Every case is different. Settlements and verdicts in all cases depend on various factors and circumstances which are unique to each individual case. Past case results are not a guarantee or prediction of similar results in future cases.

Personal Injury Blog

  • By: Allan M. Siegel

    If you suffered an injury in Maryland because of someone else’s careless behavior, the law provides you with the right to recover for the mental suffering caused by the injuries. To be successful on a claim for mental anguish in Maryland, courts will usually examine whether the injured victim sought medical treatment and the physical manifestations of the injury.

    In 1998, Maryland’s Court of Special Appeals (the second highest court in the state) held that a plaintiff could be compensated for fatigue, sleeplessness, and mood changes he suffered after being misdiagnosed with cancer. See Hunt v. Mercy Med. Ctr., 121 Md. App. 516 (1998). In other words, because the plaintiff had physical manifestations of his mental suffering, that anguish was compensable under the law. However, the physical manifestations likely have to be serious in order to qualify for damage awards. In Butler v. Westinghouse Elec. Corp., a federal court in Maryland held that headaches, stress, and anxiety were not enough to constitute an adequate injury claim.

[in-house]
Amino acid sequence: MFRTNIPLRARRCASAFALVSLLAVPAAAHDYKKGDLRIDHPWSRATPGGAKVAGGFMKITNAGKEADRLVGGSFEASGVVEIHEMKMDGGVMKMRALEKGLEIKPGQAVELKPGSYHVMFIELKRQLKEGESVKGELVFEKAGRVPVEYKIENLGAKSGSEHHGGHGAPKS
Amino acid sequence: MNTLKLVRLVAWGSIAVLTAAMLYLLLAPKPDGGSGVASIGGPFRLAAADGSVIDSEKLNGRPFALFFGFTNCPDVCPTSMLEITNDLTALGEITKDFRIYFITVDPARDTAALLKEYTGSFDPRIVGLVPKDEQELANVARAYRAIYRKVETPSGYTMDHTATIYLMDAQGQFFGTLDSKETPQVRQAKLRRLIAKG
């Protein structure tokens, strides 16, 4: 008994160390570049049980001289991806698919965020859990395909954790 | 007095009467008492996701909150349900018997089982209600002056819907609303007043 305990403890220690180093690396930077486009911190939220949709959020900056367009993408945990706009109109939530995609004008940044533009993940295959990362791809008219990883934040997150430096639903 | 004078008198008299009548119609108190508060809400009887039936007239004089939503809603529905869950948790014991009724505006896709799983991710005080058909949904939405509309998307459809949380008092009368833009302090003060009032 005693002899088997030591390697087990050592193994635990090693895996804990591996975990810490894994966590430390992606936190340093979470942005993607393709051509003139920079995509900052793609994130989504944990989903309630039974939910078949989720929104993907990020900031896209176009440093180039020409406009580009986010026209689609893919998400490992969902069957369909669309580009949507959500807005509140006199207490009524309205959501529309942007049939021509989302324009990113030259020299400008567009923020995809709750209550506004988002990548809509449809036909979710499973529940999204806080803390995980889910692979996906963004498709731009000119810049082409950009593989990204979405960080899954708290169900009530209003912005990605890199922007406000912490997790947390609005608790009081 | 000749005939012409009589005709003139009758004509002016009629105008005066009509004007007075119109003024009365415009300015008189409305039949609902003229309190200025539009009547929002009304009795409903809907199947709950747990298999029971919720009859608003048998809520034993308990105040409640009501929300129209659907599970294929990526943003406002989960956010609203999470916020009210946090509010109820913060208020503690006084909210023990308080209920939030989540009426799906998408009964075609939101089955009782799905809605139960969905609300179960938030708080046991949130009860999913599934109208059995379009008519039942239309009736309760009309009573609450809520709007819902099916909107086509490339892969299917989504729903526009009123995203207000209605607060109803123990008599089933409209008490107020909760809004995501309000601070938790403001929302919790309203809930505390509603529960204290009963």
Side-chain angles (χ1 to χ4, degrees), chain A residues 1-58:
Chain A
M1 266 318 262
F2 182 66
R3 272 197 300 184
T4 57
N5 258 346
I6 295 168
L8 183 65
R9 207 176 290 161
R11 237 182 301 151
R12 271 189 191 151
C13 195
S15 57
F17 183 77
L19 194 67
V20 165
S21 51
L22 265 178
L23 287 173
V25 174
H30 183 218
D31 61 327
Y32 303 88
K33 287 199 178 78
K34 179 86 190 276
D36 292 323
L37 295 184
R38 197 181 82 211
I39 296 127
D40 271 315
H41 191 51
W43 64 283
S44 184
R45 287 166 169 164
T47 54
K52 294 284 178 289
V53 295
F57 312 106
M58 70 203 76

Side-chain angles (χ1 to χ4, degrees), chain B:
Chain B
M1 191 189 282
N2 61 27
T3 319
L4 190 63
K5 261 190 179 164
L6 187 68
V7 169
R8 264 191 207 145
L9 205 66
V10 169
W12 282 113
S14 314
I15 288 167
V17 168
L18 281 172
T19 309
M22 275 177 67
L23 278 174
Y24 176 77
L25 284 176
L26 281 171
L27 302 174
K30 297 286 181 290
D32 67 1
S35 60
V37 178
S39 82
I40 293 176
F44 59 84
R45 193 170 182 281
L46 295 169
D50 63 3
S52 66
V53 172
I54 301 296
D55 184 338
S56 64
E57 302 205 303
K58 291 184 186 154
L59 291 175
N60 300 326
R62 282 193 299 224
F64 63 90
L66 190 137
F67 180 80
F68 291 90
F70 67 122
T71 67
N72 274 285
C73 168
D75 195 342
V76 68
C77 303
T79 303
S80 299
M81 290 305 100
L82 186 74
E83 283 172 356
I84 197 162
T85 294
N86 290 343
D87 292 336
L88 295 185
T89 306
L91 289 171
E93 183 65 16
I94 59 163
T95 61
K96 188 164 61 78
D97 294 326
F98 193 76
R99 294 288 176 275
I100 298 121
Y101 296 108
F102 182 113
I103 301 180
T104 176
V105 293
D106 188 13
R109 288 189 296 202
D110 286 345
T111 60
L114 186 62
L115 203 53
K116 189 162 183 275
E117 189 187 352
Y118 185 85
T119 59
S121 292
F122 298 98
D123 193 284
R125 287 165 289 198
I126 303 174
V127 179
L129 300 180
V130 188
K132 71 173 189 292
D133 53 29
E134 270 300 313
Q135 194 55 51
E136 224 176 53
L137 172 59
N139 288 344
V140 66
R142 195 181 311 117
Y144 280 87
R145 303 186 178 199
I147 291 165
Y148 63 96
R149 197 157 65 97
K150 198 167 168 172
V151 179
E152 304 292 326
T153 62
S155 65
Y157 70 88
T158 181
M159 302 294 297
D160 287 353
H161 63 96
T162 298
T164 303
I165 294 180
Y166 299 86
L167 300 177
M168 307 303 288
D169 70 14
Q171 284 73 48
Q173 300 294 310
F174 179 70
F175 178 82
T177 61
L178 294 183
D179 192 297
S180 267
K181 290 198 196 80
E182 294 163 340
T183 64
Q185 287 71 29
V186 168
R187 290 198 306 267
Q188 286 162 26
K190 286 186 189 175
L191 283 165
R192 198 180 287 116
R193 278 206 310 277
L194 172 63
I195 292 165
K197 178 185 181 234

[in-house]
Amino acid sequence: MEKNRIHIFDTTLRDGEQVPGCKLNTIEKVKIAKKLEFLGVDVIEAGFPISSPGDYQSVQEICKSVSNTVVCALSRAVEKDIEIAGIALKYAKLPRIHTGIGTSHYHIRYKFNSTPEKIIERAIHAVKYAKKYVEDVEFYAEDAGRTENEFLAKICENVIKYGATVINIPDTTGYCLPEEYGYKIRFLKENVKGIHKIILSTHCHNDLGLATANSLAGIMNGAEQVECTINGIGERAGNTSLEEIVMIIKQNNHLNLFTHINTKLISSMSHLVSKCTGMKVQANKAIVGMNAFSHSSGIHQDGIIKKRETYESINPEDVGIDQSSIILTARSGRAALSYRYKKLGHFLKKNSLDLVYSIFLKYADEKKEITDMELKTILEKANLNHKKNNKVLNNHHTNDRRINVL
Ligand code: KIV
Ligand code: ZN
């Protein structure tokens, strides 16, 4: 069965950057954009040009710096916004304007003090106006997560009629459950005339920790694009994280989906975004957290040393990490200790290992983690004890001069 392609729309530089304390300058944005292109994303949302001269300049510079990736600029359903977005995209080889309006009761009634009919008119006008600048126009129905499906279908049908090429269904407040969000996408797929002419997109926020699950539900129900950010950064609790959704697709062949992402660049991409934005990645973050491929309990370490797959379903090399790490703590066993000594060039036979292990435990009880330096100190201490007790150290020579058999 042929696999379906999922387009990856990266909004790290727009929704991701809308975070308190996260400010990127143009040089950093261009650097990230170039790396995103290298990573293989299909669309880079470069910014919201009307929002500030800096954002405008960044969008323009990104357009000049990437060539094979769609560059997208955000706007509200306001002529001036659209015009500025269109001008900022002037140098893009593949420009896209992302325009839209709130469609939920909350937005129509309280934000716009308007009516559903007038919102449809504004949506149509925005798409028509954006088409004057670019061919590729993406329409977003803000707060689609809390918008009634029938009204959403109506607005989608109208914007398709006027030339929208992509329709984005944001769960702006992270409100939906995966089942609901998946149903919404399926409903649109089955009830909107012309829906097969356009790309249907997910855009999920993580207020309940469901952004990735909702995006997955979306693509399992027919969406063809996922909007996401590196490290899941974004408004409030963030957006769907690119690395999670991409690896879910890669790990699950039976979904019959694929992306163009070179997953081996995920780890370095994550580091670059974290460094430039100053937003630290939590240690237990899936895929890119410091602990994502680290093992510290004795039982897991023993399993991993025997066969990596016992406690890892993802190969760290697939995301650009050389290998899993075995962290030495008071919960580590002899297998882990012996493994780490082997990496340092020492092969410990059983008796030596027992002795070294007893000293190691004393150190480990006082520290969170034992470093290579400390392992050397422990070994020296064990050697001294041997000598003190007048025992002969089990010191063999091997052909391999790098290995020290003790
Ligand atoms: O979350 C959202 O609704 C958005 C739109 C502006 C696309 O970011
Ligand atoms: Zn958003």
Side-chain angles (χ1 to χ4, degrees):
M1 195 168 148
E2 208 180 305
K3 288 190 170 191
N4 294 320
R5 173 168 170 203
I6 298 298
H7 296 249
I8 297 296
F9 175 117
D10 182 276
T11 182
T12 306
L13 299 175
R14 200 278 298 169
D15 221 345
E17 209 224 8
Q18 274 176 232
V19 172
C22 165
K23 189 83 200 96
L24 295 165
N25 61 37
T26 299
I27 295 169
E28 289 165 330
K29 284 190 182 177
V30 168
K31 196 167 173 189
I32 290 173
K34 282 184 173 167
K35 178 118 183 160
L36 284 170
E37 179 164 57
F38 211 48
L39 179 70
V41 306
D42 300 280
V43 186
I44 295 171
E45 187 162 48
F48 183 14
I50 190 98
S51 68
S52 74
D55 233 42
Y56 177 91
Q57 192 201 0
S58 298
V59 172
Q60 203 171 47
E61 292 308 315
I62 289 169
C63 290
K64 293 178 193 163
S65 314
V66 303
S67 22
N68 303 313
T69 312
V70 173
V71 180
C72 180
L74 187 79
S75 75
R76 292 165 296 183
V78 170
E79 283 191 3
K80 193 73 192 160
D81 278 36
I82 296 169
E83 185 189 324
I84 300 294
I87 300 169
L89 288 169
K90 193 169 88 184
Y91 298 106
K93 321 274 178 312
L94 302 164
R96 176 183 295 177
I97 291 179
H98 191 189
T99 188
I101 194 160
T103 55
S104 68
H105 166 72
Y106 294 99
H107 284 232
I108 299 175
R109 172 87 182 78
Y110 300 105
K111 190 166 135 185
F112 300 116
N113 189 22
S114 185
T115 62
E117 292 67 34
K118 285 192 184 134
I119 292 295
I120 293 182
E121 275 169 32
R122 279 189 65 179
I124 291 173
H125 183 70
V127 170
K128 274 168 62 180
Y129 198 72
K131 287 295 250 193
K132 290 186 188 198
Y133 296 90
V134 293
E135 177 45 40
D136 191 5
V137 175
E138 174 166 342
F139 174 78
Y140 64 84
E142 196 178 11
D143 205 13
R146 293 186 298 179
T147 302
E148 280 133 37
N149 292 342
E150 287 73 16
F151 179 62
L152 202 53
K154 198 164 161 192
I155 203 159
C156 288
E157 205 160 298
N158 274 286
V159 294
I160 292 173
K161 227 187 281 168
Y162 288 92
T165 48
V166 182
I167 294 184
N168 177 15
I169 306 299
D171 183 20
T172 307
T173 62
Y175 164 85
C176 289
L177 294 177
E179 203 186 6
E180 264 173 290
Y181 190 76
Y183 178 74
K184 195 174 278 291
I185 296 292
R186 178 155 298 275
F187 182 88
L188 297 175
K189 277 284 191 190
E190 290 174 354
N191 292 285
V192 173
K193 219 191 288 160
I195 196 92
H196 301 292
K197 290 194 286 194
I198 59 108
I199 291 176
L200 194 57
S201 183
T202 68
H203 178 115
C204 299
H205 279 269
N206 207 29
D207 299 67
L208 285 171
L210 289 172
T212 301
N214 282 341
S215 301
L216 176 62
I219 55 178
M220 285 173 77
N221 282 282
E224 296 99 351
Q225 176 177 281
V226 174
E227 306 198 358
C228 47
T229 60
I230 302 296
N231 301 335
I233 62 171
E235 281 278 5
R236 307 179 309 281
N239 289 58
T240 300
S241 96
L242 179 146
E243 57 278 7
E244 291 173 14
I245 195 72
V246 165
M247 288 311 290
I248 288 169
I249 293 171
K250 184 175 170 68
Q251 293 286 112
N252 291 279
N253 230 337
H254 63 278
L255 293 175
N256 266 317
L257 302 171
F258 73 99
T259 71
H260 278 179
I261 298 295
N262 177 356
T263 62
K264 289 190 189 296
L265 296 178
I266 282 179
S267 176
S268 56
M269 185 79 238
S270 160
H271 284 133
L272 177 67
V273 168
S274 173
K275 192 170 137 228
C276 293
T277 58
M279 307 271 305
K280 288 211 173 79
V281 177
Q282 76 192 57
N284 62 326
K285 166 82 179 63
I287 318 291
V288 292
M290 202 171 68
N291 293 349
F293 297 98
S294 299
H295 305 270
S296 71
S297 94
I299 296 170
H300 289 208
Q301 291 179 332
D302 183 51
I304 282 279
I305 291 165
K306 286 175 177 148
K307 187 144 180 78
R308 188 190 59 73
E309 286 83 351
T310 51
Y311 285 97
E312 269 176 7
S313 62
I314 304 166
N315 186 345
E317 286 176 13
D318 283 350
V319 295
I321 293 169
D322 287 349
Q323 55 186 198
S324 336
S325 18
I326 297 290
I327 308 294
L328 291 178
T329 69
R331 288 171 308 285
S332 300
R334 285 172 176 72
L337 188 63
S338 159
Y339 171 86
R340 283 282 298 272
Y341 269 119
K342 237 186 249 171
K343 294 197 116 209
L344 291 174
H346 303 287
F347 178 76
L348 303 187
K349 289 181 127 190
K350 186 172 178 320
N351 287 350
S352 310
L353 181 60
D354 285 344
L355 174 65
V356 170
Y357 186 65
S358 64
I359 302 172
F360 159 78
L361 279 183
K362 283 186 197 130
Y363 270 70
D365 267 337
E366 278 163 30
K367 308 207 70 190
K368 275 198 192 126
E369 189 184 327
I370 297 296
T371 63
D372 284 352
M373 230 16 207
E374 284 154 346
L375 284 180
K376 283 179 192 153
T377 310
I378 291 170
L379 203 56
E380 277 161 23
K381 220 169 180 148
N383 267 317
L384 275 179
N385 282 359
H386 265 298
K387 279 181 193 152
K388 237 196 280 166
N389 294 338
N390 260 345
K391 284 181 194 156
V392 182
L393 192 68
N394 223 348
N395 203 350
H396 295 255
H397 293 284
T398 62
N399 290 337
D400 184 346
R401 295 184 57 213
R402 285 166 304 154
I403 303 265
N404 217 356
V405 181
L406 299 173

For certain legal claims, however, you do not need to demonstrate objectively measurable physical injuries to recover for mental suffering. Intentional torts are the category of wrongdoing recognized by the civil justice system caused by intentional – not just careless or negligent – acts by the wrongdoer. Intentional torts include claims based on assault, battery, false imprisonment, and intentional infliction of emotional distress.

    In cases of intentional infliction of emotional distress, an injured victim must show:

    1. The conduct was intentional or reckless;
    2. Conduct was extreme and outrageous;
    3. The wrongful conduct caused the emotional distress; and
    4. The emotional distress was severe. See Harris v. Jones, 281 Md. 560 (1977).

    A 1985 case defined “severe emotional distress” as emotional suffering of “such substantial quantity or enduring quality that no reasonable man in a civilized society should be expected to endure it.” See Gallagher v. Bituminous Fire & Marine Ins. Co., 303 Md. 201. Clearly, this will be a determination that depends on the particular facts of a case. Maryland, unlike the District of Columbia, does not recognize negligent infliction of emotional distress as a viable claim.

    At Chaikin, Sherman, Cammarata & Siegel, P.C., our team of tried and tested attorneys continuously monitor legal developments and employ cutting edge strategies aimed to secure the highest possible damage award for our clients. We analyze a case from all angles and sometimes that includes adding a claim for mental anguish and suffering, which sadly is often the result of a catastrophic injury. Contact us today if you have questions about your case and rights.

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